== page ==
SU: What is one highlight from your sessions so far?

SB: Step Up has provided a safe and comfortable place for students and the mentors. One highlight has been when a student set a goal to participate more in class (and did!!) as participating in Step Up made her feel more confident in her answers and overall ability.

SU: Anything else you want to share with our school partners around the country?

SB: Teenagers love snacks. They will tell their friends that Step Up has snacks, and then stay for the transformative programming.

Name: Mele Makalo

School: Stella High, Los Angeles

Role: After School All Stars Program Leader

Years at School: 3

SU: Why do you think Step Up on Campus is a good fit for Stella High?

MM: There are a great deal of challenges that young women encounter today. Between the pressures that exist from social media, peers, loved ones and strangers, young women's sense of self is constantly attacked and compromised. Step Up is a program that provides resources, curriculum with aims to provide young women with the space to empower themselves and each other. One of the remarkable things that I've been able to observe through Step Up at Stella is how the career development exploration process has cultivated opportunities for the young women to be more introspective and reflective in ways that has strengthened their relationships with their Step Up sisters.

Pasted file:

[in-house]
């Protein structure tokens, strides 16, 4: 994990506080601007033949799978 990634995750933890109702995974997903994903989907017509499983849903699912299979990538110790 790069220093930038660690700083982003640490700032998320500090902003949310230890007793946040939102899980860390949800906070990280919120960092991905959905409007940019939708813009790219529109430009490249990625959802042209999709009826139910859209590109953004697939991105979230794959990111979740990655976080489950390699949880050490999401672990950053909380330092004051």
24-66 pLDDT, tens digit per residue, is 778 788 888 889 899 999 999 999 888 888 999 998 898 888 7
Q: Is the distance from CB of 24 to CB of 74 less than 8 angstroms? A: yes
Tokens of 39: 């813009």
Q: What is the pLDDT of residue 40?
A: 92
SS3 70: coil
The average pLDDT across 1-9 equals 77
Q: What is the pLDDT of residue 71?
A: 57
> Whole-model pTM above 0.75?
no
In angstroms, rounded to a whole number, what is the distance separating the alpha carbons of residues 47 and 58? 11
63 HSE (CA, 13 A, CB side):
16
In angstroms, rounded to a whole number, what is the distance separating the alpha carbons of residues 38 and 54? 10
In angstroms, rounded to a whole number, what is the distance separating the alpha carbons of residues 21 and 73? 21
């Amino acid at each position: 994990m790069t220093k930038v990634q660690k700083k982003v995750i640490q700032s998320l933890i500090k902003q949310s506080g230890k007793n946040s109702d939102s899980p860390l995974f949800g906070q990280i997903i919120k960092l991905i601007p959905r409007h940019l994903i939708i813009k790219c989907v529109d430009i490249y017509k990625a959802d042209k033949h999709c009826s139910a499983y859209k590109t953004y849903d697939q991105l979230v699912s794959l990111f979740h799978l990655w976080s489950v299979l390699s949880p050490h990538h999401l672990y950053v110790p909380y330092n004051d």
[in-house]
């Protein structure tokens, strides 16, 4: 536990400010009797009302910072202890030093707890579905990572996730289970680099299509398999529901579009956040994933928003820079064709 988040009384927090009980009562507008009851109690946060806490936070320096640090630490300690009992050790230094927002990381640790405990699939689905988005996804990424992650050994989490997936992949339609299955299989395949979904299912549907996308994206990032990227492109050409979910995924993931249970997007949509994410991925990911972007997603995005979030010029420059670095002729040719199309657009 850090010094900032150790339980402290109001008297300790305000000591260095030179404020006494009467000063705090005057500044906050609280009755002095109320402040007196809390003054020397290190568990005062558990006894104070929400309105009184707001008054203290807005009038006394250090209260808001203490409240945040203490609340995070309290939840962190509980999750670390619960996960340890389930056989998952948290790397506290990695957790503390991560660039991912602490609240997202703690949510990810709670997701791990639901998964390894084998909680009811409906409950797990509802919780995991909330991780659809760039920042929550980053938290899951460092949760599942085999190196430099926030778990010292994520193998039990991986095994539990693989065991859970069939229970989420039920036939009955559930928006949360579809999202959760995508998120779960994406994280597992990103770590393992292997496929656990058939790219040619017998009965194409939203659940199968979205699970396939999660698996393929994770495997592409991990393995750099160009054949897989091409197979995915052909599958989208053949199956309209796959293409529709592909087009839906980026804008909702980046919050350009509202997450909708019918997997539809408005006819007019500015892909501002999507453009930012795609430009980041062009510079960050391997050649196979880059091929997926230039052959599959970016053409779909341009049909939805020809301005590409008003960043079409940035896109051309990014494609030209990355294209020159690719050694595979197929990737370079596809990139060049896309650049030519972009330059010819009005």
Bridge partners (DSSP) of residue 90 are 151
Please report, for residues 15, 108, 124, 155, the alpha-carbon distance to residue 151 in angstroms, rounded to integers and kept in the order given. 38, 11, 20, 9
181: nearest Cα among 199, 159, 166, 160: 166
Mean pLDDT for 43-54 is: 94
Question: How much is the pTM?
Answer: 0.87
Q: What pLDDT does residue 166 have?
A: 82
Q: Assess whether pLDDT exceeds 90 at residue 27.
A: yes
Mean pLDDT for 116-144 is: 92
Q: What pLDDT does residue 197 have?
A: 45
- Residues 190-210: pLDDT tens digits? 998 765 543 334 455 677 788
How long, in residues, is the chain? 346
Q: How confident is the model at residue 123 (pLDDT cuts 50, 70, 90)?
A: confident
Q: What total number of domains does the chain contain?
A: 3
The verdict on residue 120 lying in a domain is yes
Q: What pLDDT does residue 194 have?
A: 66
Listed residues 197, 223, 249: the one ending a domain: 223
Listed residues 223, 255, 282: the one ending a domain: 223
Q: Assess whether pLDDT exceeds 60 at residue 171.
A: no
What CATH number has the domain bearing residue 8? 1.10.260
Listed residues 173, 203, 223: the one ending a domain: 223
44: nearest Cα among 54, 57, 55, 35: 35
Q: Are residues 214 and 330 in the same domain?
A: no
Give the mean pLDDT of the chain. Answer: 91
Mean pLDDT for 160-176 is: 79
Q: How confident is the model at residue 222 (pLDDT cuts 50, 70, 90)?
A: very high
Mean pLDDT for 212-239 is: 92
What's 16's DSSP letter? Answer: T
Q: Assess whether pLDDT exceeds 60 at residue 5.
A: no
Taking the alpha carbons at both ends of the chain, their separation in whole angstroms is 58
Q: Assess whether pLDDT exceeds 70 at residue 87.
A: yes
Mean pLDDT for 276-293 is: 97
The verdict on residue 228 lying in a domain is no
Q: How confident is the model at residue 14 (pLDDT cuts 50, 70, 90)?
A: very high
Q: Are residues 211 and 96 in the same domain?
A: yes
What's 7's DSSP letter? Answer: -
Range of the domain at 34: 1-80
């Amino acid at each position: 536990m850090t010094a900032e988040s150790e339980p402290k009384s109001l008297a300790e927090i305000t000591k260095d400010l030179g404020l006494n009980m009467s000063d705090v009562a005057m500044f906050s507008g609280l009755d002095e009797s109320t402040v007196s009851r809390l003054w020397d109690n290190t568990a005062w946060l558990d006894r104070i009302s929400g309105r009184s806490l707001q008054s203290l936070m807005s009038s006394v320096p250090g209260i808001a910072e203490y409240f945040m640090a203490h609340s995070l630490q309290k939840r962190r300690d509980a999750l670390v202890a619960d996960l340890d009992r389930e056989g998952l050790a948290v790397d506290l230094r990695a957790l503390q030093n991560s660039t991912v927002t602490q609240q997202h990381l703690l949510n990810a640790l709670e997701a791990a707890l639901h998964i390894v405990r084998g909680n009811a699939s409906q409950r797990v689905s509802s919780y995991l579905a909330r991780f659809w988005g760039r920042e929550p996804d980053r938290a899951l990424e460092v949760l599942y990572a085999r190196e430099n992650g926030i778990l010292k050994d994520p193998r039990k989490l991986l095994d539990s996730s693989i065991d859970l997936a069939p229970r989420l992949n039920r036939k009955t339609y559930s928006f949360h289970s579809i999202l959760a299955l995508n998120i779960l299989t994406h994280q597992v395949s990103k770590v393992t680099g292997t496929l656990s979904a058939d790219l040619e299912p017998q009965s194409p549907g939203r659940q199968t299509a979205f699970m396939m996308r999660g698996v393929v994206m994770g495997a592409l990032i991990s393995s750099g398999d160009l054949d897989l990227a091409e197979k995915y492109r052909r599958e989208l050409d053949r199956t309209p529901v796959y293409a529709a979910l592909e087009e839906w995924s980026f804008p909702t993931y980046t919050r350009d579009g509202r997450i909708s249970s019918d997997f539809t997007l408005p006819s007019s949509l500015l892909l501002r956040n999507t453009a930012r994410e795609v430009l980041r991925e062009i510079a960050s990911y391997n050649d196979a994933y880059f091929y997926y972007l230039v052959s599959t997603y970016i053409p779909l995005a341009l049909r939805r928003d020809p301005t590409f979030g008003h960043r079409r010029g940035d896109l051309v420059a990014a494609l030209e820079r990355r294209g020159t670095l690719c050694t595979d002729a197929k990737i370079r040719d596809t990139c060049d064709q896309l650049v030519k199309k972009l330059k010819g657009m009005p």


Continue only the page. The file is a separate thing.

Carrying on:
SU: Why did you decide to become a fellow?

MM: Stella is a considerably small high school, but the sense of belonging and community needs improvement at Stella. The COVID-19 quarantine period impacted the ways in which students choose to interact or avoid interacting with one another. I decided to become a Step Up fellow in hopes of being a part of a program that could cultivate space for students to build community. Throughout my own life and throughout history, I've witnessed and learned about the transformational ways in which women uplift spaces, communities and lives. When the sense of belonging is strong between women, it's contagious and naturally strengthens the broader sense of community. My hope is that as the Step Up sisters bond grows stronger, they can individually and collective contribute to a strengthened Stella community.

SU: What do you enjoy most about being a fellow?

MM: I enjoy witnessing the Step Up sisters’ growth each week. In the first two weeks, it was clear that race relations and grade level impacted where students sat in the classroom. By week 3, the Step Up sisters have comfortably switched up who they sit with and talk to throughout Step Up sessions. Each week, I get to witness each Step Up participant become more confident about being unapologetically themselves. They all started off reserved and guarded, but each week, I witness the ways each Step Up sister peels back their guards and reservations through the vulnerable things they share, the joy they express with each other and the more in depth dialogues that they engage in beyond the Step Up sessions. As the sense of belonging strengthens between the Step Up sisters, their sense of self does too. That strengthened sense of self contributes to their ability to do deep reflection about career opportunities that they want to pursue and work towards.